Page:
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Child Support and Spousal Support

Child support: is the amount of money that a court orders a parent or both parents to pay every month to help pay for the support of the child (or children) and the child’s living expenses.  Child support may be established through a divorce or a paternity action (for parents whom were not married).  

    The amount of child support is a product of custody and visitation along with both parent's monthly income.  In most cases, child support is established by "guideline", however the judge has the final authority to determine the amount of a child support order.  

 

 

For the most up to date guideline estimate, visit the California Guideline Calculator.  Here you can access the most up to date estimate of child support.

What can child support be spent on?

A: The parent receiving child support has no obligation to account for this money, nor does the parent paying child support have any right to dictate how the money should be spent. Child support does not necessarily include all expenses associated with raising the child. For example, expenses such as childcare or uninsured healthcare costs are equally divided and are not part of guideline child support.

Spousal Support: is the amount of money that a court orders a one spouse to pay the other spouse each month in order to maintain the living standard that was shared during the marriage. Spousal support is also established by a type of "guideline", however the judge has the final authority to determine the amount of spousal support to be ordered.  There are specific factors that the judge takes into consideration when determining spousal support.  These factors include:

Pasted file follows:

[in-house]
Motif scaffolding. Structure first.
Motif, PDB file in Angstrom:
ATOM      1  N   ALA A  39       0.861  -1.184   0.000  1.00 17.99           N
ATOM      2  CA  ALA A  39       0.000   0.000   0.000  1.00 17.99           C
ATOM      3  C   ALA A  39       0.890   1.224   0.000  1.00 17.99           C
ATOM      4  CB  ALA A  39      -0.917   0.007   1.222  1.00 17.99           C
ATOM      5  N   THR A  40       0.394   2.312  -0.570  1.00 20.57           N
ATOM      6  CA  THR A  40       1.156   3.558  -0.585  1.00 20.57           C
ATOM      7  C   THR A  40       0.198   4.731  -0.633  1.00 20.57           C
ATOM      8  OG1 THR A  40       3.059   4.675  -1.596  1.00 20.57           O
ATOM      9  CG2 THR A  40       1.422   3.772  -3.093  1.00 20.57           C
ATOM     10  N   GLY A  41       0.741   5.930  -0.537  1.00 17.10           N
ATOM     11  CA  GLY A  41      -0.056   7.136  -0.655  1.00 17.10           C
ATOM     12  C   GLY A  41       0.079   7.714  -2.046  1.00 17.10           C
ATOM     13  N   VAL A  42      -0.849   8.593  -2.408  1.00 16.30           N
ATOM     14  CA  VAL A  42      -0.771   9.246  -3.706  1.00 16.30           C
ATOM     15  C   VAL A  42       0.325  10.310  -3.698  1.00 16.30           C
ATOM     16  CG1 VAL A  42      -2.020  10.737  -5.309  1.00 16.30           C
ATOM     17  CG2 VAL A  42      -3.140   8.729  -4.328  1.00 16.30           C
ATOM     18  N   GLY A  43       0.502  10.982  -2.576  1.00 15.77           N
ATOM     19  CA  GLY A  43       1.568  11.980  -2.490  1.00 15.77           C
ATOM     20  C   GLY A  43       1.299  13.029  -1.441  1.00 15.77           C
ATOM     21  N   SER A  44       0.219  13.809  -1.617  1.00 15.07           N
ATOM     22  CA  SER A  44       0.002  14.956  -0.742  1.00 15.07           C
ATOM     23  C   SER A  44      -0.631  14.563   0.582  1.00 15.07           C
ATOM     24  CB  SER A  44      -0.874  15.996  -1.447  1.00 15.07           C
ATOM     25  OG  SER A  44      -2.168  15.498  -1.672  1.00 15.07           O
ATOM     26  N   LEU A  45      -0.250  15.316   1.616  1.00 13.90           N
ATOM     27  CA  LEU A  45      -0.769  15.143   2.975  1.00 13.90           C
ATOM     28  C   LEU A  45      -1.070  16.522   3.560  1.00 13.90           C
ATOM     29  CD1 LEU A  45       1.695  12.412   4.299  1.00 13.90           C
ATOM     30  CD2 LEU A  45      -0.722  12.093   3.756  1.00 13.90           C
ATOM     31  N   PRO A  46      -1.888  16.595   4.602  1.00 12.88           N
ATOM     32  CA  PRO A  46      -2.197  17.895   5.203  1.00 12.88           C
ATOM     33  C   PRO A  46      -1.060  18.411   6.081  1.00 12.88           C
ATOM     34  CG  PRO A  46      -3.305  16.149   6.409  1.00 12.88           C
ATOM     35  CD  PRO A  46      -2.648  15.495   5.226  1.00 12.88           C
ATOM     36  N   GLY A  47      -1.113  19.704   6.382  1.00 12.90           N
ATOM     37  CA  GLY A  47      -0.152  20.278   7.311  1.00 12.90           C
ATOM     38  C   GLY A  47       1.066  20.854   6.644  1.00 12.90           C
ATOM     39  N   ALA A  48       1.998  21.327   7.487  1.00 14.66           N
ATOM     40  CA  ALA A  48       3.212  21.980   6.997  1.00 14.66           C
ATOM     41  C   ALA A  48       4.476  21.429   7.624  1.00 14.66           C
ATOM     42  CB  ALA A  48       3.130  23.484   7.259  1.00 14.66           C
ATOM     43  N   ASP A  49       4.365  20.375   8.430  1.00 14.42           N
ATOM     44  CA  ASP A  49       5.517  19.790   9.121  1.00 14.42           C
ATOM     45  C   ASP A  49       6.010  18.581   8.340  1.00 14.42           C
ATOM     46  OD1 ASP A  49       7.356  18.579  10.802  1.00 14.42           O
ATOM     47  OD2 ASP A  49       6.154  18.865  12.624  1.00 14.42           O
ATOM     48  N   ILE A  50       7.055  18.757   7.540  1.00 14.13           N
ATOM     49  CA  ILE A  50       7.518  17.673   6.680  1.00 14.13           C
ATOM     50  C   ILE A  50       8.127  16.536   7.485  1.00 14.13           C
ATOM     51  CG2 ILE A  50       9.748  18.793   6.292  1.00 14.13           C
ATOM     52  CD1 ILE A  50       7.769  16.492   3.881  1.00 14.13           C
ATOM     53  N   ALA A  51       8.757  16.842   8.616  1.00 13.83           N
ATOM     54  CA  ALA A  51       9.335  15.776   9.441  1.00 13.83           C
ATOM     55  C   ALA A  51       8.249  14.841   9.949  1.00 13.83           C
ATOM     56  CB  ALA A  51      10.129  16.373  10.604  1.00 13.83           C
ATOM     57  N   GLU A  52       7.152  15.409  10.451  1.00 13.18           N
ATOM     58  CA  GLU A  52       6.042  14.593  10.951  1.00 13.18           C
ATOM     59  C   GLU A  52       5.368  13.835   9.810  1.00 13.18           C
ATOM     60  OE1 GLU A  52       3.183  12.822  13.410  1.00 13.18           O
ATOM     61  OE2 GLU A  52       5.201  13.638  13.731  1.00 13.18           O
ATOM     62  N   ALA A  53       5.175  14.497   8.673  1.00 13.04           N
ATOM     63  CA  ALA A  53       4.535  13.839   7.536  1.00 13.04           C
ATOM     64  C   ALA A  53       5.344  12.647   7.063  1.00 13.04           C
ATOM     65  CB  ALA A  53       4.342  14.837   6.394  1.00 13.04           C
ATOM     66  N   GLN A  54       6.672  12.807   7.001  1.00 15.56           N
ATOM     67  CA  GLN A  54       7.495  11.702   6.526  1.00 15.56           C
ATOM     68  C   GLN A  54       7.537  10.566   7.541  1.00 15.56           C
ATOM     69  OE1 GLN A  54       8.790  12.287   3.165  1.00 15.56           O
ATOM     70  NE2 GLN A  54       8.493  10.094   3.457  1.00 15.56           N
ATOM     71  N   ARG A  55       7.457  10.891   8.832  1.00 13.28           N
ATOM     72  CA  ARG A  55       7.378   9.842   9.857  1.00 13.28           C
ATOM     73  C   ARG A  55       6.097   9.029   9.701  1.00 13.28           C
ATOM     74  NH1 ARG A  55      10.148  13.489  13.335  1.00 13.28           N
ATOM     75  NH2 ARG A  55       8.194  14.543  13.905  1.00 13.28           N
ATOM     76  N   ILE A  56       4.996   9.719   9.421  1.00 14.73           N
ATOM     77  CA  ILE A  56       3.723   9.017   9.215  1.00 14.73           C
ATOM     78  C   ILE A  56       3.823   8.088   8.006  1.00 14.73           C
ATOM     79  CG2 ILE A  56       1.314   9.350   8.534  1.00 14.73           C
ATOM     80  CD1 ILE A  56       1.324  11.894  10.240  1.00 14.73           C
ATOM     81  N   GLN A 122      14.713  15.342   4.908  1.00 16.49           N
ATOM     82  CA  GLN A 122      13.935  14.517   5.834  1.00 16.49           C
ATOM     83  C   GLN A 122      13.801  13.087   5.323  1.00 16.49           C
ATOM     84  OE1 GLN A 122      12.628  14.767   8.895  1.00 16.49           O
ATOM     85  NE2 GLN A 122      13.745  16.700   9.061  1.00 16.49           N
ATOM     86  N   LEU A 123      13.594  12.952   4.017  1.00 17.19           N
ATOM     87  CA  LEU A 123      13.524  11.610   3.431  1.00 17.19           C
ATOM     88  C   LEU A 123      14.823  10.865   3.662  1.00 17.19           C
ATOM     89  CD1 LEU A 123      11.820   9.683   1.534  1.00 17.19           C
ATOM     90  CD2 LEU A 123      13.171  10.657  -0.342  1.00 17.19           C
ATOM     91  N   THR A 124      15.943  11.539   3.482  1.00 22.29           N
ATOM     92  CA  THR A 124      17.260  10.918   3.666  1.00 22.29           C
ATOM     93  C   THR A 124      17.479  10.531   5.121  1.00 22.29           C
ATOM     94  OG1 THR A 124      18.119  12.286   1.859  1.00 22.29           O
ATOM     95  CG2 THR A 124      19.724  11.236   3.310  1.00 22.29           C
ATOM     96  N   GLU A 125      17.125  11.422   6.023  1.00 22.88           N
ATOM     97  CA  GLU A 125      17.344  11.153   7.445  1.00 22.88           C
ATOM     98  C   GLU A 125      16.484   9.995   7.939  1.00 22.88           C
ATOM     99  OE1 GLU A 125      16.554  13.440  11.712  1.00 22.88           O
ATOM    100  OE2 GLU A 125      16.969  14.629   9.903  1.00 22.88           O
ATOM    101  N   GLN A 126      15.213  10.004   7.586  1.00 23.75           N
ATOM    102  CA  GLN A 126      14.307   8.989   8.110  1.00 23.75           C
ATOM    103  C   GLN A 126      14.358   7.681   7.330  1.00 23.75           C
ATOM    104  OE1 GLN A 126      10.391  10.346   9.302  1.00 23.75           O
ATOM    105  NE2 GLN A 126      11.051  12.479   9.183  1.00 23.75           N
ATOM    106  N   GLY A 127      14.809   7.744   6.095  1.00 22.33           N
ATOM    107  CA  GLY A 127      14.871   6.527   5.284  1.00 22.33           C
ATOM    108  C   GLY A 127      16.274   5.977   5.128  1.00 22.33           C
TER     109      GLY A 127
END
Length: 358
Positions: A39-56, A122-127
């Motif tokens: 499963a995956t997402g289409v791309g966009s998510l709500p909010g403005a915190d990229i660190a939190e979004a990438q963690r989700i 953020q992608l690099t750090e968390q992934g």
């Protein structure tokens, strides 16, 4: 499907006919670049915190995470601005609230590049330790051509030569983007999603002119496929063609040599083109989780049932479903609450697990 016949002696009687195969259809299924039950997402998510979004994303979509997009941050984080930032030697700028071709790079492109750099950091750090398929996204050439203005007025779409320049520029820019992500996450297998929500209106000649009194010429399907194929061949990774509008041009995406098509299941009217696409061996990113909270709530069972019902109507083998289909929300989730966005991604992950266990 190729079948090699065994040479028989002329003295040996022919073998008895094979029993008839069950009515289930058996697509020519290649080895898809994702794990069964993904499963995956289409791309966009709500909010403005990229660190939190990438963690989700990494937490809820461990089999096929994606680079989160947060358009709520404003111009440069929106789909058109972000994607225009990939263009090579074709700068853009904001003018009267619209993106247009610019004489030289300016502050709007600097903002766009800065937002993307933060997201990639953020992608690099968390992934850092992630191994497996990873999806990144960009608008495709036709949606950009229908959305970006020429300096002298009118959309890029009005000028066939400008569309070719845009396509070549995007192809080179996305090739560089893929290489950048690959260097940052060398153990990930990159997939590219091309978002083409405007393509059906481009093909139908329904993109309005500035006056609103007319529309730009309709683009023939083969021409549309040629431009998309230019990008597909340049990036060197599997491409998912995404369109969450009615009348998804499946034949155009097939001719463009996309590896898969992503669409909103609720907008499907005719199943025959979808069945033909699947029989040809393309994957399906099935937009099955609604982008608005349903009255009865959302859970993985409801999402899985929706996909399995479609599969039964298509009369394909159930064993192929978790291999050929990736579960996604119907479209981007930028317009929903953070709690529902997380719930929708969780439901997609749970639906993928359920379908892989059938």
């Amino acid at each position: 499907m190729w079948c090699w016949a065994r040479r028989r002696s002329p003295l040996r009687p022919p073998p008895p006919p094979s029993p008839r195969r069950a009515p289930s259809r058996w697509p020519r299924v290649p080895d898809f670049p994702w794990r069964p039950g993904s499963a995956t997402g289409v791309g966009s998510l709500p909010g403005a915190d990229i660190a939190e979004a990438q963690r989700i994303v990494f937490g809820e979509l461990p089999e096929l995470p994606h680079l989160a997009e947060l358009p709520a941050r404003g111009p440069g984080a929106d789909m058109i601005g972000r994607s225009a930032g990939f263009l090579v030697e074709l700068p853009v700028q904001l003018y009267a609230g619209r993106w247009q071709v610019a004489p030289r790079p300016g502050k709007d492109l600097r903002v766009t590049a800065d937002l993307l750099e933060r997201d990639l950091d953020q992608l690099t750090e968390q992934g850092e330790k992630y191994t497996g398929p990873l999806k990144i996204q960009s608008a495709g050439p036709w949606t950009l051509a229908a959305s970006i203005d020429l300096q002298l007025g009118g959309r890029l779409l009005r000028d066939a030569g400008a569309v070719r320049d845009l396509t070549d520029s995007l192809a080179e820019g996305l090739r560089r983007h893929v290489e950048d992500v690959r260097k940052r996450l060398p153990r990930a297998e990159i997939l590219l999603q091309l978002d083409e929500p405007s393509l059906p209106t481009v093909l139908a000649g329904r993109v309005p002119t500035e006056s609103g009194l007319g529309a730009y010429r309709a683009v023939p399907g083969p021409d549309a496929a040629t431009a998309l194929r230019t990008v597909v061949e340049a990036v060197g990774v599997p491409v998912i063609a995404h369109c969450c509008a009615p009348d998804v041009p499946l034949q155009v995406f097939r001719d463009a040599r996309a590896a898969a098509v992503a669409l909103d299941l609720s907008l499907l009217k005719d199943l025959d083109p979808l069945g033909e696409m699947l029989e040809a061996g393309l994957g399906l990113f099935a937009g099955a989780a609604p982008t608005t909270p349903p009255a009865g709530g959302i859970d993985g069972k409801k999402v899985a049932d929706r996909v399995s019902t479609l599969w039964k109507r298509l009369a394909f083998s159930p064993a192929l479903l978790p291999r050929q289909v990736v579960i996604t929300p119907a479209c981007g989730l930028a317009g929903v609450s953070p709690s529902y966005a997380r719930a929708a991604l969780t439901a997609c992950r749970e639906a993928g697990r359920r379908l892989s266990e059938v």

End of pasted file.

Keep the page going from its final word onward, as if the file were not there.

• The length of the marriage or domestic partnership;

  • What each person needs based on the standard of living they had during the marriage or domestic partnership;

  • What each person pays or can pay (including earnings and earning capacity) to keep the standard of living they had during the marriage or domestic partnership;

  • Whether having a job would make it too hard to take care of the children;

  • The age and health of both people;

  • Debts and property;

  • Whether 1 spouse or domestic partner helped the other get an education, training, career, or professional license;

  • Whether there was domestic violence in the marriage or domestic partnership;

  • Whether 1 spouse’s, or domestic partner’s, career was affected by unemployment or by taking care of the children or home; and

  • The tax impact of spousal support (note: federal and state tax laws have not been changed to recognize domestic partnerships).

What is the Purpose of Spousal Support?

  • Temporary spousal support is to maintain the living conditions and standards of both parties until permanent support has been determined, along with the final division of assets and debts.

  • The purpose of the permanent spousal support is different. It is to provide the spouse with sufficient income for their basic needs and to ensure that their lifestyle will be able to remain consistent after the divorce.

  • It is the policy of the State of California that both parties become self-supporting within a reasonable amount of time. Spousal support is meant to bridge that gap between the time it takes for the supported spouse to obtain employment or resources that meet their cost of living needs.

How Long Will I Pay or Receive Spousal Support?

  • The length of spousal support is based on a reasonable transition period from married life to single and self-sufficient life.

  • The duration of support depends on in part on the length of the marriage. For marriages lasting less than ten years, the length of support is presumed to be equal to one-half of the time. For example, for a marriage that lasted eight years, the presumption is that the appropriate length of support is four years.

  • If you are married for longer than 10 years, the lesser earning spouse will receive support for as long as he or she needs to, as long as the other spouse is able to pay. There is no automatic termination date.

Click here to complete a Child Support / Spousal Support Intake

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